California's state treasurer and attorney general will study whether the state should create its own publicly owned bank to serve the state's now-legal cannabis industry.
On a conference call Tuesday, State Treasurer John Chiang, a candidate for governor, said his office will look into costs, regulation and other operational issues the state would need to consider before creating such a bank — an entity that would be one of just two in the nation.
Chiang said the office of Atty. Gen. Xavier Becerra also will perform a study looking at legal issues surrounding the creation of a public bank.
A public bank would be capitalized and owned by the state of California, not by private investors. There's been a growing movement over the past few years to create more public banks, driven by advocates' dissatisfaction with commercial banks.
More recently, those advocates have been joined by members of the cannabis industry, who hope that publicly owned banks could face less federal oversight and have an easier time providing bank accounts to cannabis businesses. The vast majority of commercial banks, which answer to federal regulators, shun cannabis businesses because the drug remains illegal under federal law.
City officials in Los Angeles, Oakland and San Francisco are looking into the idea of creating their own banks. But despite the interest, there is just one public bank in the nation — the Bank of North Dakota — and there are numerous obstacles to creating such an institution, especially if the plan is for the bank to openly work with cannabis companies.
Late last year, a cannabis policy working group organized by Chiang's office recommended looking into the feasibility of a state-owned bank. Chiang said Tuesday his office is issuing a request for information, a preliminary step toward that study.
Among other things, Chiang said the study will address whether a state-owned bank would have brick-and-mortar branches or operate mostly online, how the bank would be funded initially and whether deposits at the bank could be insured. He said he hopes to complete the study by the end of the year.
Chiang and other public officials have said the lack of banking access for cannabis companies, which has left the industry largely reliant on cash, poses public safety risks and makes it more difficult for the state and local agencies to monitor the industry and ensure businesses are paying their taxes.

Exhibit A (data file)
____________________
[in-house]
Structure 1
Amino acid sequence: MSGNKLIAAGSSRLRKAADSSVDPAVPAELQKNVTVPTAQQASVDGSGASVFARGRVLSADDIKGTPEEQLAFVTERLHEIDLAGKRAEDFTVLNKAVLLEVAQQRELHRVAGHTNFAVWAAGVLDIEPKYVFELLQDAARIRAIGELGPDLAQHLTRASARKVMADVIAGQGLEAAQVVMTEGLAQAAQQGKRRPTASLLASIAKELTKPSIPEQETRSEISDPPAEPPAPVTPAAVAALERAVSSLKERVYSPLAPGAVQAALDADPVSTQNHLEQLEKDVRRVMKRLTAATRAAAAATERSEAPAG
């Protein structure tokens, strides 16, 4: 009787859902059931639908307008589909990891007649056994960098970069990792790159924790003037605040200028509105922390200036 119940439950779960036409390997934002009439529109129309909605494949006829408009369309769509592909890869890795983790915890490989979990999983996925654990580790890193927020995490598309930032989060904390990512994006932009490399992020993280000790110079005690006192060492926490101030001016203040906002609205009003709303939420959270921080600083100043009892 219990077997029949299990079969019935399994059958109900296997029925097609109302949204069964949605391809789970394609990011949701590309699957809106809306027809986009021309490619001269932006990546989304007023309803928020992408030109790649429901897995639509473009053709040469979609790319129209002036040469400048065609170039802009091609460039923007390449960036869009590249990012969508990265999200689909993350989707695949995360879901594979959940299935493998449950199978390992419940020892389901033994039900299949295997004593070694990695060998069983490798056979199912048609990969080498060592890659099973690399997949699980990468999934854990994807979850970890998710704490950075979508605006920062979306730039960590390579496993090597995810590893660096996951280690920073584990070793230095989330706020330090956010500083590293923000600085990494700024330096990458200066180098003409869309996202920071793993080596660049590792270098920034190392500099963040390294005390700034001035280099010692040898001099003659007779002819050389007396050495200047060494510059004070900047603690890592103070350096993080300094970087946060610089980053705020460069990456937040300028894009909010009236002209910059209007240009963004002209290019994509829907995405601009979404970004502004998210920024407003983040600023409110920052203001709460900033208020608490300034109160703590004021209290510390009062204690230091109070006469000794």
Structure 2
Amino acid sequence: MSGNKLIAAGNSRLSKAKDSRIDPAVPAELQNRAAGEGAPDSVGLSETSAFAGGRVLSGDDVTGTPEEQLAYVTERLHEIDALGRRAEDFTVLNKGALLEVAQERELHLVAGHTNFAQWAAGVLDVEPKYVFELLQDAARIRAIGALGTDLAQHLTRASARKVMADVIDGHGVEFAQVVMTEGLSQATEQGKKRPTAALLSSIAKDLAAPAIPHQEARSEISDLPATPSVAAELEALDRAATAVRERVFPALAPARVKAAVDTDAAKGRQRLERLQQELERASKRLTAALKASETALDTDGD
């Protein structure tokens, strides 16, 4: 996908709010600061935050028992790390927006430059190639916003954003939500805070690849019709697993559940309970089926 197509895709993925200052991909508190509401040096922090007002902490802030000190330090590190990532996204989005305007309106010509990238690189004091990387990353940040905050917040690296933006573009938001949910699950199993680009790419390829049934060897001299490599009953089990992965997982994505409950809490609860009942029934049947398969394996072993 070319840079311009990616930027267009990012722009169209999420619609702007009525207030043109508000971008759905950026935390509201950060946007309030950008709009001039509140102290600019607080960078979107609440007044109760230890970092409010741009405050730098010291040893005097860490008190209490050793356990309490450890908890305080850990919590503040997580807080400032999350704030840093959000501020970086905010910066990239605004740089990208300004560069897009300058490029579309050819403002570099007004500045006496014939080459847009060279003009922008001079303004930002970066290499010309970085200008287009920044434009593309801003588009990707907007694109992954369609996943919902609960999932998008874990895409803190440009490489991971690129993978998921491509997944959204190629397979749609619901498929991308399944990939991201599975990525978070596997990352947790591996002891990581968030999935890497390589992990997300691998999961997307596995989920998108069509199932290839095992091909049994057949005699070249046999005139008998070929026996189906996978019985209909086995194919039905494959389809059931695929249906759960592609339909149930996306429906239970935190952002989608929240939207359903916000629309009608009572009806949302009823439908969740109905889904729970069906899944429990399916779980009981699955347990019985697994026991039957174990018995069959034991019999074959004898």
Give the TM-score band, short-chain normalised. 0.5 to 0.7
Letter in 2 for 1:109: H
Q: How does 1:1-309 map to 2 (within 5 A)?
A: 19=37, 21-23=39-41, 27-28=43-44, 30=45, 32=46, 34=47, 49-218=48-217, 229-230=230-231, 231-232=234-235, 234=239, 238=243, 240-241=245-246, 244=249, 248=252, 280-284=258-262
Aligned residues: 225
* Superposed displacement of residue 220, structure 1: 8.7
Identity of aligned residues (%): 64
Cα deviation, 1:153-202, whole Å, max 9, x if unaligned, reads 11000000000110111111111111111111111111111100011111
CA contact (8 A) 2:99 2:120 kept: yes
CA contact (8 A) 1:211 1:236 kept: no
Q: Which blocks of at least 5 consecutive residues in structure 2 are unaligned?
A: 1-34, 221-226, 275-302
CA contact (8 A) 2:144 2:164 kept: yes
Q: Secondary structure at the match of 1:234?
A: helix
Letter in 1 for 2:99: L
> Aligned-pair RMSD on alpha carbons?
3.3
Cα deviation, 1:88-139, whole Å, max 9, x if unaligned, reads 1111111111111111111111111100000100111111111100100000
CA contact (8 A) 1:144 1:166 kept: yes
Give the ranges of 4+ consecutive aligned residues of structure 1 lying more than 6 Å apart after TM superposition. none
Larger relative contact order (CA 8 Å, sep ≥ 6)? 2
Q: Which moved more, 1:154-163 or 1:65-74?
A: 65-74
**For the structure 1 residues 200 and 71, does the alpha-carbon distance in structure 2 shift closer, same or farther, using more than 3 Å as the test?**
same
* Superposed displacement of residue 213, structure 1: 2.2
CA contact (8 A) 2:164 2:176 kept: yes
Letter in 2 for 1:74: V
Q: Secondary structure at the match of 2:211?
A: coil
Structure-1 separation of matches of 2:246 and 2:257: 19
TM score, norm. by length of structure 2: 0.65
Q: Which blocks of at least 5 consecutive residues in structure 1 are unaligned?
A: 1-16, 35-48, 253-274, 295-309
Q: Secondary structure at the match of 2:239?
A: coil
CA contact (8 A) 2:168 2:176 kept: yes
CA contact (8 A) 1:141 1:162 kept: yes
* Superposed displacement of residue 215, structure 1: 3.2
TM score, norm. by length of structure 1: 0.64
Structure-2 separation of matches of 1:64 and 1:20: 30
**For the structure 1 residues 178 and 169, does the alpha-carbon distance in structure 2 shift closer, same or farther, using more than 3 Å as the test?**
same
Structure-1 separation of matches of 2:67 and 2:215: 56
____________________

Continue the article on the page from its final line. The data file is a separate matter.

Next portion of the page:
“California and other states will need to lead when it comes to bringing the cannabis industry out of the shadows so that it can be properly regulated to prevent sales to minors, to protect the public's health and safety and ensure cannabis businesses behave as legitimate, tax-paying members of our economy,” Chiang said.
He also said there's added urgency in the wake of this month's move by U.S. Atty. Gen. Jeff Sessions to revoke Obama administration guidelines that limited the Justice Department's interest in enforcing marijuana laws in states where the drug is legal.
That change could disrupt the already tenuous relationship between the banking and cannabis industries, as guidance used by some banks to accept deposits from cannabis companies relied on the now-revoked guidelines.
“The recent action taken by Atty. Gen. Sessions threatens us with new national divisiveness and casts into turmoil a newly established industry that is creating jobs and tax revenues,” Chiang said.
Becerra's office did not immediately respond to a request for comment.
Marc Armstrong, president of public bank advocacy group Commonomics USA, said the rise of state-sanctioned cannabis has pushed the public bank conversation forward, illustrating what he says is one of the big problems with commercial banking: exclusion of wide swaths of customers.
“When you have such a large segment of the population excluded precisely because of federal regulation, you end up putting a spotlight on the glaring inequalities of the banking system and how inadequately it provides services to the economy,” he said. “What's changed with public banking and the cannabis industry is, the lacking of banking services to the industry is more obvious.”
While he's heartened by the growing momentum for state- or city-owned banks in California, he also said the kind of study Chiang's office is working on often focuses only on the costs, resulting in a lack of political will to move forward.
For instance, a recent study commissioned by Massachusetts' state Legislature recommended against creating a state bank, finding that the project would cost billions of dollars and that depositing state funds in a public bank could put taxpayers at risk.
“You need to have not only leadership but some creative thinking on how to crack this nut,” Armstrong said. “Absent that, it will be 101 reasons not to create a public bank.”